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Aristotle, Prior Analytics. Book I, Chapter 09

1. It also sometimes happens that one of the propositions being necessary, a necessary syllogism will be produced, yet not of either proposition casually, but of that which contains the greater extreme.

2. For instance, if A is assumed to be present or not present with B from necessity; but B is assumed to be alone present with C; for the propositions being thus assumed, A will be present or will not be present from necessity with C. For since A is present or is not present with every B from necessity, but C is something belonging to B, it is evident, that C will be from necessity one of these.

3. If, however, the proposition AB is not necessary, but BC is necessary, there will not be a necessary conclusion. For if there will be, it will happen that A is necessarily present with a certain B, as may be demonstrated as well in the first as in the third figure. But this is false; for it may happen that B may be a thing of that kind that A may not be present with anything belonging to it. Farther still, from the terms also it is evident, that there will not be a necessary conclusion; as, for instance, if A is motion, B animal, and C man. For man is necessarily an animal; but neither animal, nor man, is necessarily moved.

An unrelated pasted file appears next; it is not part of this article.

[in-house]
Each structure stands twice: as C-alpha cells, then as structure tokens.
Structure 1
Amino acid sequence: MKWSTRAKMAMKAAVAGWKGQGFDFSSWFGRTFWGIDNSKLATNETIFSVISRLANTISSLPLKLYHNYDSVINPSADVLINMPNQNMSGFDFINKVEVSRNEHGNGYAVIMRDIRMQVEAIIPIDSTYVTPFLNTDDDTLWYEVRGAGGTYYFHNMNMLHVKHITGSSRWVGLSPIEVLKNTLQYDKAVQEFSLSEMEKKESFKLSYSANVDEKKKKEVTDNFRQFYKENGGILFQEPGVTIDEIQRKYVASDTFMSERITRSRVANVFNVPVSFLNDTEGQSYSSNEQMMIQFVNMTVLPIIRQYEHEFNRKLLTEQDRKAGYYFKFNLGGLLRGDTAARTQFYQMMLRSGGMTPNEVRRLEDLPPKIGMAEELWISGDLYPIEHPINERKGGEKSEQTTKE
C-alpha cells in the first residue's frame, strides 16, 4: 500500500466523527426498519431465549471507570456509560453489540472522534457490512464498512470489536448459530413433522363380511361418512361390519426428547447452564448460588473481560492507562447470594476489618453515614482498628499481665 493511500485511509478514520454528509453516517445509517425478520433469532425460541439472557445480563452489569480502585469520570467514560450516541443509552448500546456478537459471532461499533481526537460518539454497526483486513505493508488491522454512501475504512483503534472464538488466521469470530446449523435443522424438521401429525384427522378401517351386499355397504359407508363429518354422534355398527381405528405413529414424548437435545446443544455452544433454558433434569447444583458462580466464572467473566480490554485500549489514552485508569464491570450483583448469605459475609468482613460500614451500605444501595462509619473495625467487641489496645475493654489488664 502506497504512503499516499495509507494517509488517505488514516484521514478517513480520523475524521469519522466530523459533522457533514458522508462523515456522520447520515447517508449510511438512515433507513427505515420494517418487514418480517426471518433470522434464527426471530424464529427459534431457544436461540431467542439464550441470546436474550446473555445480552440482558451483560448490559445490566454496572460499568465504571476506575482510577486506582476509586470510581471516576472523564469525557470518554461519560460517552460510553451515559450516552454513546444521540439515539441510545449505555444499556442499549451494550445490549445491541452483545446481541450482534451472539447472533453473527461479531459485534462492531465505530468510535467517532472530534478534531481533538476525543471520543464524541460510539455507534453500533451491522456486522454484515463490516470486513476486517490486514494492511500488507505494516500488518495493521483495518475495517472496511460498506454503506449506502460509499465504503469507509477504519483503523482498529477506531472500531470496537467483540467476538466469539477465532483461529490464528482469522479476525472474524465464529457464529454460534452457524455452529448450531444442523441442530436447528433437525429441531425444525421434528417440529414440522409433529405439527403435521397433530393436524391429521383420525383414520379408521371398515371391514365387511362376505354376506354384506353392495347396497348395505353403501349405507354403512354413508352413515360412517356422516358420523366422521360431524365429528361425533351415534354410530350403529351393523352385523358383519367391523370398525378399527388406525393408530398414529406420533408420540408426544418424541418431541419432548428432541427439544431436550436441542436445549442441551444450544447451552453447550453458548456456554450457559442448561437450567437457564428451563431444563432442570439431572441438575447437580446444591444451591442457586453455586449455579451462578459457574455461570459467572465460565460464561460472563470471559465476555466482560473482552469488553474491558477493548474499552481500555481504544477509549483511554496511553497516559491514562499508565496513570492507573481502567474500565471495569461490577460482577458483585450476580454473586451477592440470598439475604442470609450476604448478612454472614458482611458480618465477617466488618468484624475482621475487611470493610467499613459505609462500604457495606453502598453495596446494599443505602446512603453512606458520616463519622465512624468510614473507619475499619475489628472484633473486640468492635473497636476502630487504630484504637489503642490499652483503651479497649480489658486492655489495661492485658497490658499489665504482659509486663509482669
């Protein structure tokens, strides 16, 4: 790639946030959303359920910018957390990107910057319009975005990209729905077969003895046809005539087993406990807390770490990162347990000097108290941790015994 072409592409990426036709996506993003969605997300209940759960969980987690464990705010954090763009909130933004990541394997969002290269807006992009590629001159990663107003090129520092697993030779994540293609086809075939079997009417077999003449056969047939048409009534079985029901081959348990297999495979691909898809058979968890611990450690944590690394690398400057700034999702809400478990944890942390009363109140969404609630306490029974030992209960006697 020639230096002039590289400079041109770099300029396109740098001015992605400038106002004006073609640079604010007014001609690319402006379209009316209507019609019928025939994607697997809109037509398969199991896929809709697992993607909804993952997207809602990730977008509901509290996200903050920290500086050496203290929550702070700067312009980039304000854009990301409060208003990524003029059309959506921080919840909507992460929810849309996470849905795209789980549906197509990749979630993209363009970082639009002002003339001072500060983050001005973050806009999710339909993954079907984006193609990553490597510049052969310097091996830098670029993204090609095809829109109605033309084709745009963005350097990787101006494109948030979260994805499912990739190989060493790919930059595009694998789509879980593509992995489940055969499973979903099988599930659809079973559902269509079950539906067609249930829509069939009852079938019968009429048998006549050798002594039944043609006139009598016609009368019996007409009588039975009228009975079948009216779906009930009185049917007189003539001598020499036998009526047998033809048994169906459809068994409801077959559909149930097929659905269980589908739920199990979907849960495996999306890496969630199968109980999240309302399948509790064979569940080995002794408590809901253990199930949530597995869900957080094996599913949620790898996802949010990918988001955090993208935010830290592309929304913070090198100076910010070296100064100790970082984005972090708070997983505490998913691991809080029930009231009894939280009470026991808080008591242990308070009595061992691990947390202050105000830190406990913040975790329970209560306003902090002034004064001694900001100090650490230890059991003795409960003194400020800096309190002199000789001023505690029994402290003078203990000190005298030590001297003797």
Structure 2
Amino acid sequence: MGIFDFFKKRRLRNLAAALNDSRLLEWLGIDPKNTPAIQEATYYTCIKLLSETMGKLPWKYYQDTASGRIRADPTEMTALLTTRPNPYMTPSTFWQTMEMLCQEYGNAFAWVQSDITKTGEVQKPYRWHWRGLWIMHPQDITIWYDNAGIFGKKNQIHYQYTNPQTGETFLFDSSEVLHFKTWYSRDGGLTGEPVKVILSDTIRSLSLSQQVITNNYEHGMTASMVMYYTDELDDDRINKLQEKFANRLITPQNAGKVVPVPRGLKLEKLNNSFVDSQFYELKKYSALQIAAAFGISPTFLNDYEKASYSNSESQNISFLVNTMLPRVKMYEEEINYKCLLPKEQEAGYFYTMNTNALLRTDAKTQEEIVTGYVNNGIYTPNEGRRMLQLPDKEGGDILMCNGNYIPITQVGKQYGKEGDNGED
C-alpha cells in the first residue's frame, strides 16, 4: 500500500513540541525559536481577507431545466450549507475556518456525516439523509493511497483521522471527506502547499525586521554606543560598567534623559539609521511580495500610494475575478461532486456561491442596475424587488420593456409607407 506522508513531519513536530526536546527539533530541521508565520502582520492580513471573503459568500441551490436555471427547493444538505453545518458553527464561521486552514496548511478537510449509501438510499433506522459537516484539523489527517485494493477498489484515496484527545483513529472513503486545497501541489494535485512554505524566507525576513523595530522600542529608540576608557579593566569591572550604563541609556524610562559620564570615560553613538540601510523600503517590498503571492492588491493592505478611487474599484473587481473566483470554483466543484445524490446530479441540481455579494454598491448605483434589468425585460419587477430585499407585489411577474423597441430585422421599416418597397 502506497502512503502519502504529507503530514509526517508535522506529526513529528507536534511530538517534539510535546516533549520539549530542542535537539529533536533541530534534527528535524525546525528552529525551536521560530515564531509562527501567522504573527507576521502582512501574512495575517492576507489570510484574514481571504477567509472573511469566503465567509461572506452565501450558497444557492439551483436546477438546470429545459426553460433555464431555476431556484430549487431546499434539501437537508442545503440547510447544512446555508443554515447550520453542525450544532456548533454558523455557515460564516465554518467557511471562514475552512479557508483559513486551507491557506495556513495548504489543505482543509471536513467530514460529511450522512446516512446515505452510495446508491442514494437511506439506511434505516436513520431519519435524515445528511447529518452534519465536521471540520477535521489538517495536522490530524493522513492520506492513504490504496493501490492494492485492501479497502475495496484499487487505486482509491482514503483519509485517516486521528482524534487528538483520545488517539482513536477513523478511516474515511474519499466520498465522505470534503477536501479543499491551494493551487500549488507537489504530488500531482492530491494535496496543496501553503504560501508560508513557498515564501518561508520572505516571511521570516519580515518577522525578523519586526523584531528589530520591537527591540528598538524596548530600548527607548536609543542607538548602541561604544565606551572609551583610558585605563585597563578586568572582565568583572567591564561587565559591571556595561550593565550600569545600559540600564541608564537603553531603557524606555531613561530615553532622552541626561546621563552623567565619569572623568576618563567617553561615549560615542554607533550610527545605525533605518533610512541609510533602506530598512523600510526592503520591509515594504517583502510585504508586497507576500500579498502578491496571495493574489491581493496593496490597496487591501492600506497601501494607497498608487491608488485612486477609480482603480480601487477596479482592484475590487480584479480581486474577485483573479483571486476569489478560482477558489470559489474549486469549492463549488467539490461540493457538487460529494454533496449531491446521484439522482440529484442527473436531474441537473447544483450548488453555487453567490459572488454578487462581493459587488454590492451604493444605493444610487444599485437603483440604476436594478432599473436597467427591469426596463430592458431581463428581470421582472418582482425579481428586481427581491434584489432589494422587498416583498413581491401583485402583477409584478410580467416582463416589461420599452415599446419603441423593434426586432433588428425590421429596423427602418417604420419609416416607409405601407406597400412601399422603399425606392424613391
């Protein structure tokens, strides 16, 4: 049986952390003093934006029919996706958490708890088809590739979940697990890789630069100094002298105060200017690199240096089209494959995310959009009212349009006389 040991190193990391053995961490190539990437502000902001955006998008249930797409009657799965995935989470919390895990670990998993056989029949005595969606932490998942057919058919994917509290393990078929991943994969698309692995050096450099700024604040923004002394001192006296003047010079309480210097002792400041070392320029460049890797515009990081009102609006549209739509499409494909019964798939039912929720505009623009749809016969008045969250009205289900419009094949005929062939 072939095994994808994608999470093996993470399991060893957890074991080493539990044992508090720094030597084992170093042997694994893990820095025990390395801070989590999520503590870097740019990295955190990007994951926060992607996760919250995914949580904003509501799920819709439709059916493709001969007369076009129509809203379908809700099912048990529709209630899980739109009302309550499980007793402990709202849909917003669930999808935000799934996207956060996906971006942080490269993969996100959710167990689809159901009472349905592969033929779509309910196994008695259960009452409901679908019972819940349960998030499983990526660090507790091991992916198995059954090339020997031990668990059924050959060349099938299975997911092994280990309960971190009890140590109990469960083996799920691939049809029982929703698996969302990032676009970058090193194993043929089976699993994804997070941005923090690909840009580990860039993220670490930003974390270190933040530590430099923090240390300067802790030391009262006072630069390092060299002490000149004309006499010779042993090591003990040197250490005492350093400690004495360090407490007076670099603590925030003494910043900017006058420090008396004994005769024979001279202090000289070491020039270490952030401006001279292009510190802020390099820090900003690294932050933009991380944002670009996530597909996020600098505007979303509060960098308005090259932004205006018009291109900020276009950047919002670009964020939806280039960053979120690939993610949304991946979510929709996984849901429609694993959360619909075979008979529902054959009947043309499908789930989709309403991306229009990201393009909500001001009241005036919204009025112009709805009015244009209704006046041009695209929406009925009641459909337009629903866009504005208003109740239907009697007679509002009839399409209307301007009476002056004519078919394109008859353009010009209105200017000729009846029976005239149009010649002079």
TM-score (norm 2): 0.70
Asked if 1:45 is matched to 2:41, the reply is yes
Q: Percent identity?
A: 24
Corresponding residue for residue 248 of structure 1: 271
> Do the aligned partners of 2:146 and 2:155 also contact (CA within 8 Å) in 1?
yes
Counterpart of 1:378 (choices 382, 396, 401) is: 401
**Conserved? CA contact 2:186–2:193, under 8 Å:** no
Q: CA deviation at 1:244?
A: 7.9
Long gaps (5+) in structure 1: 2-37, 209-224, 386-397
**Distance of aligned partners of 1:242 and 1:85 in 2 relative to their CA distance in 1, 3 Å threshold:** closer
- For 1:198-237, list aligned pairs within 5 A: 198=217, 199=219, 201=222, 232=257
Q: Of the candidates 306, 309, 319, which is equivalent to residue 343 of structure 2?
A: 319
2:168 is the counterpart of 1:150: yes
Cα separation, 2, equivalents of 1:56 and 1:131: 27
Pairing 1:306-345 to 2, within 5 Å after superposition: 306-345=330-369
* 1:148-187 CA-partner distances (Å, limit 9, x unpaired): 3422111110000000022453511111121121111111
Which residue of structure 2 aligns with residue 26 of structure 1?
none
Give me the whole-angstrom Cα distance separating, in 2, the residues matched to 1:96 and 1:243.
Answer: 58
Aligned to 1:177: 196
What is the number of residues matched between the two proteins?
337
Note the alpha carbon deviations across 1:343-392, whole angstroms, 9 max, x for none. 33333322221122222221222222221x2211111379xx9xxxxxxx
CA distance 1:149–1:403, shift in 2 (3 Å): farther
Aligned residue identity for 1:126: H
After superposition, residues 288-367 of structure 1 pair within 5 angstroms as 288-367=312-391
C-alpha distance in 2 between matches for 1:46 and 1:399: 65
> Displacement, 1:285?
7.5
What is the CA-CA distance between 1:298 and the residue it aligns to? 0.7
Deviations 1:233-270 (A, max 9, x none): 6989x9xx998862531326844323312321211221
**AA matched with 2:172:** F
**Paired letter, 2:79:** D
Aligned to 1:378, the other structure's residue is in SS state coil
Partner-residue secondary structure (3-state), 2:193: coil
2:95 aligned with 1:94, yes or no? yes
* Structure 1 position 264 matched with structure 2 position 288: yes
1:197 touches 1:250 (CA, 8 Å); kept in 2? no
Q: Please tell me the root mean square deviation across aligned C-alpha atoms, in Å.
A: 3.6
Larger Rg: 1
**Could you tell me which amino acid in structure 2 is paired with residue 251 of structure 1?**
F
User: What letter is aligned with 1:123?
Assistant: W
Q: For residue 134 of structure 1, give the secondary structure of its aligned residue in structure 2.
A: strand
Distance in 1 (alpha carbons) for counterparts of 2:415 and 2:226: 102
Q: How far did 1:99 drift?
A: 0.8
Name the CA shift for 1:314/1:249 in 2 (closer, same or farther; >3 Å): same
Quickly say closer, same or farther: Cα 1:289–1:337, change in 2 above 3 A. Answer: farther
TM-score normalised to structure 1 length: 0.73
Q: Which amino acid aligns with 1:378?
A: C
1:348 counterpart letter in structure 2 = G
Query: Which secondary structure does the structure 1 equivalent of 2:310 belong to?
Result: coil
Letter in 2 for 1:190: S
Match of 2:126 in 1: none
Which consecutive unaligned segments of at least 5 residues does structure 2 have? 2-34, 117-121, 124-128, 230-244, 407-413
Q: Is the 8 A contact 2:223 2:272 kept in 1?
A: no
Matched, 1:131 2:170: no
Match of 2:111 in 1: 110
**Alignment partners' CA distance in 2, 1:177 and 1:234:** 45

4. The like will also take place if AB is privative; for there is the same demonstration.

5. But in particular syllogisms, if the universal assertion is necessary, the conclusion also will be necessary; but if the particular is necessary the conclusion will not be necessary; whether the universal proposition is primitive, or categoric.

6. In the first place, therefore, let the universal be necessary, and let A be necessarily present with every B, but let B be only present with a certain C. It is necessary, therefore, that A should be necessarily present with a certain C; for C is under B, and A was present from necessity with every B.

7. The like will also take place, if the syllogism is privative; for there will be the same demonstration.

8. But if the particular is necessary; the conclusion will not be necessary; for nothing absurd will happen, as neither in universal syllogisms.

9. A similar consequence also will be the result in particular privative syllogisms. Let the terms be, motion, animal, white.

Every animal is moved:
It is necessary that something white should be an animal:
Therefore, something white is moved.
But not necessarily, because it is possible that it might not be moved.

No animal is moved:
It is necessary that something white should not be an animal:
Therefore, something white is not moved.
But this is not necessary, because it may be moved.

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